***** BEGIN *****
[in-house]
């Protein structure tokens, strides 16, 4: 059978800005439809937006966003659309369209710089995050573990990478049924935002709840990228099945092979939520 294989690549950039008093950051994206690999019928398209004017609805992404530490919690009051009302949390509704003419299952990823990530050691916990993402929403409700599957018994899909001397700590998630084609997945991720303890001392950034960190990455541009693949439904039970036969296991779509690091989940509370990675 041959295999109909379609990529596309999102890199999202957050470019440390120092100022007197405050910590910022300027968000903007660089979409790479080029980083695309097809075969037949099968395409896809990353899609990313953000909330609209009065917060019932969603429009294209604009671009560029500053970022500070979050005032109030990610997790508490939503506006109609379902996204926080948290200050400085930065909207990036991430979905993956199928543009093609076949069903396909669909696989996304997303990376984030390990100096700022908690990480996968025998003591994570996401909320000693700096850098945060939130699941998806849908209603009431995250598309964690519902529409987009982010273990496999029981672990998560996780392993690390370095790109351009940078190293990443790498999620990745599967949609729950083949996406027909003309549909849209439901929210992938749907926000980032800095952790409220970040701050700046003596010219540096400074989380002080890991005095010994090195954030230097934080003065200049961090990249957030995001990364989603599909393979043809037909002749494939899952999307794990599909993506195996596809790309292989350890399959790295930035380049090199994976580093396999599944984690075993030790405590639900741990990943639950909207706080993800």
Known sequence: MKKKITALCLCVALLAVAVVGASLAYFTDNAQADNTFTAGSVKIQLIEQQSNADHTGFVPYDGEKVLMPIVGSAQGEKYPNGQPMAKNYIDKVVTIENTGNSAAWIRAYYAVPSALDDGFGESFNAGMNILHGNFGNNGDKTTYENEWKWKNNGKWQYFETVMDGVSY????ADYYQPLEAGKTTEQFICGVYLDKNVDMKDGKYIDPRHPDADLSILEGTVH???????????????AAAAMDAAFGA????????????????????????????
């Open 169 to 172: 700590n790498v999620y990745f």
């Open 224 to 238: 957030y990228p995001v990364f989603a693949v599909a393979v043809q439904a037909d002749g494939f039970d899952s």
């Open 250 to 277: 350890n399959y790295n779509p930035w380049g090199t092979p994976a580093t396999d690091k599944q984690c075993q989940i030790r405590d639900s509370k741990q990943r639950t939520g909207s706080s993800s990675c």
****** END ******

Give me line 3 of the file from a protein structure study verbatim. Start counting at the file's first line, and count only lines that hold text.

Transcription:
Known sequence: MKKKITALCLCVALLAVAVVGASLAYFTDNAQADNTFTAGSVKIQLIEQQSNADHTGFVPYDGEKVLMPIVGSAQGEKYPNGQPMAKNYIDKVVTIENTGNSAAWIRAYYAVPSALDDGFGESFNAGMNILHGNFGNNGDKTTYENEWKWKNNGKWQYFETVMDGVSY????ADYYQPLEAGKTTEQFICGVYLDKNVDMKDGKYIDPRHPDADLSILEGTVH???????????????AAAAMDAAFGA????????????????????????????